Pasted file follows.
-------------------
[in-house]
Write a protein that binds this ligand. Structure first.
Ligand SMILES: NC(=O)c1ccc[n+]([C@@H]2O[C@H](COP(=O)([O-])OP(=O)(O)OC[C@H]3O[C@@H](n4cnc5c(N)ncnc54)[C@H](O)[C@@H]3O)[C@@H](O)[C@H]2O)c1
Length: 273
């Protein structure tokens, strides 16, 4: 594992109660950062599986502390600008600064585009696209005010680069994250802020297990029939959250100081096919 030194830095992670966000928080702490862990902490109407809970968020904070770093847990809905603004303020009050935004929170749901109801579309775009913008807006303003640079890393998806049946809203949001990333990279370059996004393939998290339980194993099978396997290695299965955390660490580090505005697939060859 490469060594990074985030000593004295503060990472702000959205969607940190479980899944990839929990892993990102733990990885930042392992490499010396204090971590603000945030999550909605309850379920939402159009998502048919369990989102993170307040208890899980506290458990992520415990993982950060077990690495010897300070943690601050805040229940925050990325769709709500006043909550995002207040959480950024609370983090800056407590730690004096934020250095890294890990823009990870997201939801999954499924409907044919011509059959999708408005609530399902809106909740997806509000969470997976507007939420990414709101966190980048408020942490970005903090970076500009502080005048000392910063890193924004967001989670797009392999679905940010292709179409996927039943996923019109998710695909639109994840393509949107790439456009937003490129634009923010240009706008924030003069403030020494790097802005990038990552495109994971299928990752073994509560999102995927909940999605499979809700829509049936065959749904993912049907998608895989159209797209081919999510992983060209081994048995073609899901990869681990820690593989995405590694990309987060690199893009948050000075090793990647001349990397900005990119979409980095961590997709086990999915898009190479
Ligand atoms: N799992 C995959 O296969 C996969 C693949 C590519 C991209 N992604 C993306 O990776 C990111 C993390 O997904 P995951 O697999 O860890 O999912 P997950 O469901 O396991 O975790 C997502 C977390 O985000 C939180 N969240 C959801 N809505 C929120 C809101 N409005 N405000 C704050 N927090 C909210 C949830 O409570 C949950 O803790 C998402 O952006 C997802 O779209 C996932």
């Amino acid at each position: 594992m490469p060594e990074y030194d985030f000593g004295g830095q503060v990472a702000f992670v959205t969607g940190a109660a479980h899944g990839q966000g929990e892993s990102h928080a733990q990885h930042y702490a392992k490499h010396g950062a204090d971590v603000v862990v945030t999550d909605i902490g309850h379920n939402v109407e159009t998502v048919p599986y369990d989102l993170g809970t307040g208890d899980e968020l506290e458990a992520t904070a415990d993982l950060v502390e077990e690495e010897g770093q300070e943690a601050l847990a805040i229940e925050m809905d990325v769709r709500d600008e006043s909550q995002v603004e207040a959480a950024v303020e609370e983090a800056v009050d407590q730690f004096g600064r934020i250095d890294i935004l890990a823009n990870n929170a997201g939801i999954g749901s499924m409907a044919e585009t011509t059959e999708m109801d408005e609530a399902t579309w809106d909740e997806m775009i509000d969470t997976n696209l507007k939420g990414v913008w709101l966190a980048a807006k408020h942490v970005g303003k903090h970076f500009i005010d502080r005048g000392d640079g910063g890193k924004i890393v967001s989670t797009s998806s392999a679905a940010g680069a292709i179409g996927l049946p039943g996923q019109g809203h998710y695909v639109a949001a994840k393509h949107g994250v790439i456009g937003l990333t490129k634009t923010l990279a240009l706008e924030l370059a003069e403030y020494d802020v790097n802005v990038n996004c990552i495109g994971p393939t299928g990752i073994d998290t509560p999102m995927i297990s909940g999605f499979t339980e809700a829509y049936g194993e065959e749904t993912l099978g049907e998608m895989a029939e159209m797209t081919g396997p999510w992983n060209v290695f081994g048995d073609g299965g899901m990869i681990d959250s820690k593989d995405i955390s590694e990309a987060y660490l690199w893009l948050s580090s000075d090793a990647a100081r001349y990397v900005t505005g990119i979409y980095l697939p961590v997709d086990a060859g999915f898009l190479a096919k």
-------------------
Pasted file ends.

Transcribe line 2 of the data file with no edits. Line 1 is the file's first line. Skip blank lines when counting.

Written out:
Write a protein that binds this ligand. Structure first.